I will preface this post with a disclaimer to start in an effort to ward off the flaming emails. The purpose of this post is not to suggest that Microsoft should get rid of their current ecosystem of partners. It is too fast and far to important to the company and the success of their solutions. All you have to do is look at the all new Dell XPS 13 laptop and read the raving reviews it is getting to understand just how important OEMs are in the mix for Microsoft.
But equally, you can look at the Microsoft built and branded devices and see where the company could and should be more actively involved in hardware manufacturing. I’m not talking about mice and keyboards (although they do a pretty good job at that too) but rather things like the Microsoft Lumia lineup and the Surface Pro 3. Arguably the best Windows experience for their form factor are on these devices because Microsoft has intimately been involved in the hardware design of them to get the most out of the Operating System. Even with the Microsoft Band, a device that is near impossible to get because they can’t keep them in stock, produces a great experience for users. And while user experience is important, there is also the matter of controlling their own destiny when it comes to updates and improvements along with security. All of these are why I think Microsoft should look long and hard at the PC and Laptop market for their own branded devices.
When it comes to Windows Phone, there are a lot of players in the market and more coming. Just last week Acer announced they were entering back into the Windows Phone world with their new device while other new players like BLU Win. Then of course there is HTC who has had an on-and-off again relationship with Windows Phone as has Samsung. But ultimately, when it comes to providing the best Windows Phone experience, it comes down to Microsoft’s own Lumia lineup. Yes we can bemoan the fact there isn’t a new flagship phone but there are a lot of Lumia devices out there in the low and mid-range and all provide a great experience. Part of this of course is how well Windows Phone itself is optimized to take advantage of hardware but the larger context of this is that they know intrinsically how to design a phone to get the most out of the OS. Other OEMs will have some of that knowledge for sure but not all of it. Beyond the Windows Phone OS though are the applications that the Microsoft team has and continues to build for Lumias. One of the best camera apps available for Windows Phone is Lumia Camera, an app you can only get on a Lumia device. Then there are the extra services like Glance on some of the mid-range and higher end devices, again, a feature you can only get on a Lumia.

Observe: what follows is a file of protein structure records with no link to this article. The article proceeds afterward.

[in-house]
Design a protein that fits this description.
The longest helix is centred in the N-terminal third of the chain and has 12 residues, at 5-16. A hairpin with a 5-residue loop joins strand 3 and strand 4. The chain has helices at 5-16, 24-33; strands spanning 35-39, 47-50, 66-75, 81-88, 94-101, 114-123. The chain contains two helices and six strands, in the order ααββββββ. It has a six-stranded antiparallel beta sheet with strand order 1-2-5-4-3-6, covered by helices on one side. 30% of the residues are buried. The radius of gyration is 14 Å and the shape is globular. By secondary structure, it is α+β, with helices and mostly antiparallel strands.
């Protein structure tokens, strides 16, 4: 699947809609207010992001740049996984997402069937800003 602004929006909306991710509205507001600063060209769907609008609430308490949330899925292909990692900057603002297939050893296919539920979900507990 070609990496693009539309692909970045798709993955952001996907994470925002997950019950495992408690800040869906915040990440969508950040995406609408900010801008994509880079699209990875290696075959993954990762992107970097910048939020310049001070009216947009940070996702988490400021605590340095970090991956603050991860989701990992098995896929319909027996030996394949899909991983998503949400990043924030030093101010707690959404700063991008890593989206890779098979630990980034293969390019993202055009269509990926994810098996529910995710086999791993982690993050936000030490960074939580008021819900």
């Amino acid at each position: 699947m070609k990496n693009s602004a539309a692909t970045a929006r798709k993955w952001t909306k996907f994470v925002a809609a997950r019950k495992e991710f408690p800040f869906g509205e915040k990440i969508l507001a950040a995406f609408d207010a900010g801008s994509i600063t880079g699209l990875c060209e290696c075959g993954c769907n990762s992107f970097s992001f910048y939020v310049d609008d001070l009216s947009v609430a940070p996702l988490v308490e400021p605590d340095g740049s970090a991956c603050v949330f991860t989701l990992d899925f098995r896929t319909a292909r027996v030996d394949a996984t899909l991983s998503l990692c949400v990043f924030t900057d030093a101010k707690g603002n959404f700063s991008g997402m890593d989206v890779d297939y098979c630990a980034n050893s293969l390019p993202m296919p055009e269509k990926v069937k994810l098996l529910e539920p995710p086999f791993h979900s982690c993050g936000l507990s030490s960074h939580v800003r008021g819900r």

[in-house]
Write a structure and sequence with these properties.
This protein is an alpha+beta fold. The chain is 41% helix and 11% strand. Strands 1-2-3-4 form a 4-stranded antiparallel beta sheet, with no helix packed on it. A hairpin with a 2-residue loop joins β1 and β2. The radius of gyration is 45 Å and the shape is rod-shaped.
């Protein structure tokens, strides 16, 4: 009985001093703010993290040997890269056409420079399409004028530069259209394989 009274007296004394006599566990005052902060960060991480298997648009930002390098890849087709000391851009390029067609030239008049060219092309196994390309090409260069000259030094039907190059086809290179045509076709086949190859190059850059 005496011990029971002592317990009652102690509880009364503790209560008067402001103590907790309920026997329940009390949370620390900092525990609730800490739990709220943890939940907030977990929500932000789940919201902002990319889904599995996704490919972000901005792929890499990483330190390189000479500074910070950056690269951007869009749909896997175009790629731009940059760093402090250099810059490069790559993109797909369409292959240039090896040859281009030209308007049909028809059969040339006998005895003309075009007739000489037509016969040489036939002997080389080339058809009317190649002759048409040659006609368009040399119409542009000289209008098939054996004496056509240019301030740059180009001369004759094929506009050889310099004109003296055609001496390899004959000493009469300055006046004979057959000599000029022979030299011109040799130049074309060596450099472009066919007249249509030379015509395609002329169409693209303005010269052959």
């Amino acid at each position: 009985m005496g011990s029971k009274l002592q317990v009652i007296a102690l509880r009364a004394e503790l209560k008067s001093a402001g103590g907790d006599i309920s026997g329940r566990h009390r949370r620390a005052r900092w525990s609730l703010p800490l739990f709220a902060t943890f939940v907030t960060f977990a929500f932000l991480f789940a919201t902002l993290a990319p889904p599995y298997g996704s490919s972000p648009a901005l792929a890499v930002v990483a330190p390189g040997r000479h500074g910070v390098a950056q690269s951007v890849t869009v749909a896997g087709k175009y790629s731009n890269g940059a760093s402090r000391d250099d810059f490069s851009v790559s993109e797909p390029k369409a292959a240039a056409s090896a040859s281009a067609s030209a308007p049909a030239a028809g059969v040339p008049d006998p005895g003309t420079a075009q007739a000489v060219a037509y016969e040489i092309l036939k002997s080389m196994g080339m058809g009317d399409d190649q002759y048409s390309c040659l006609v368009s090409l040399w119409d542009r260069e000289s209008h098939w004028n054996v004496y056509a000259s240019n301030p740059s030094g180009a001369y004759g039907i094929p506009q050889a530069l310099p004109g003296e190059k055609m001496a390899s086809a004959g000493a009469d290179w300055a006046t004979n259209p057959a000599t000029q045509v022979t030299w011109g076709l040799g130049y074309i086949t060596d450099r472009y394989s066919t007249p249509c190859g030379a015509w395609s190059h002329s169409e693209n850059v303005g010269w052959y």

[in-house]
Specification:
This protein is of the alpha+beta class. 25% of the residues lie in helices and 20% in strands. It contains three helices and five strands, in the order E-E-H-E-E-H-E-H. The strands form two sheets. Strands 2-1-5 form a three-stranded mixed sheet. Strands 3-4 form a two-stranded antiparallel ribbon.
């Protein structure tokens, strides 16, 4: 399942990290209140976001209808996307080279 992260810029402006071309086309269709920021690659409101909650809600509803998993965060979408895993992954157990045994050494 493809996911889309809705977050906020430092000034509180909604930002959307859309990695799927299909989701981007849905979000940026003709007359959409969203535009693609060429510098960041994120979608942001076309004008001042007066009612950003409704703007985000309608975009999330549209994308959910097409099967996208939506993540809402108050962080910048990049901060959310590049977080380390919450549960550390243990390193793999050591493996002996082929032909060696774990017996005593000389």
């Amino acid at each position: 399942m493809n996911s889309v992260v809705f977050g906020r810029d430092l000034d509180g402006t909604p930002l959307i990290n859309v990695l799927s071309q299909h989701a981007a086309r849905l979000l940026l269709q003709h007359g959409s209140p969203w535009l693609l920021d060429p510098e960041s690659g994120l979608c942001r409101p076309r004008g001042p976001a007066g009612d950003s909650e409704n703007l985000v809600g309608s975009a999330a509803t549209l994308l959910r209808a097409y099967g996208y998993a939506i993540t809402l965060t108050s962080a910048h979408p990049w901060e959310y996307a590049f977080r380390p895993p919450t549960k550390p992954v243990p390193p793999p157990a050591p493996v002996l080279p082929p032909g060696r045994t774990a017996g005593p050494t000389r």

Likewise you have the Surface Pro 3, a device Microsoft designed to take full advantage of Windows 8.1 and all indications have bettered that in Windows 10. It is a device that by design brings out the best in the OS and is optimized to run Windows better. In fact I think it may be the best tablet out there for the ports it has, the power and the fact it can absolutely be your laptop. It has the power to do it day in and day out and that in large part is due to Microsoft’s design of the product. They have built an elegant, clean design that is highly functional for power users (note the ports that are available as well as the Dock solutions) but also lightweight enough for every day users to enjoy. Further, you cannot dismiss the fact that the Surface Pro 3 runs Windows. That is a huge advantage of Android and iOS tablets in the 10″ range. I admit and agree that it isn’t as big a disadvantage now given that Microsoft has developed the Office apps for iOS and Android but equally, you can argue that by running full Windows, the Surface Pro 3 creates zero learning curve for someone moving from a traditional desktop PC or laptop to this device.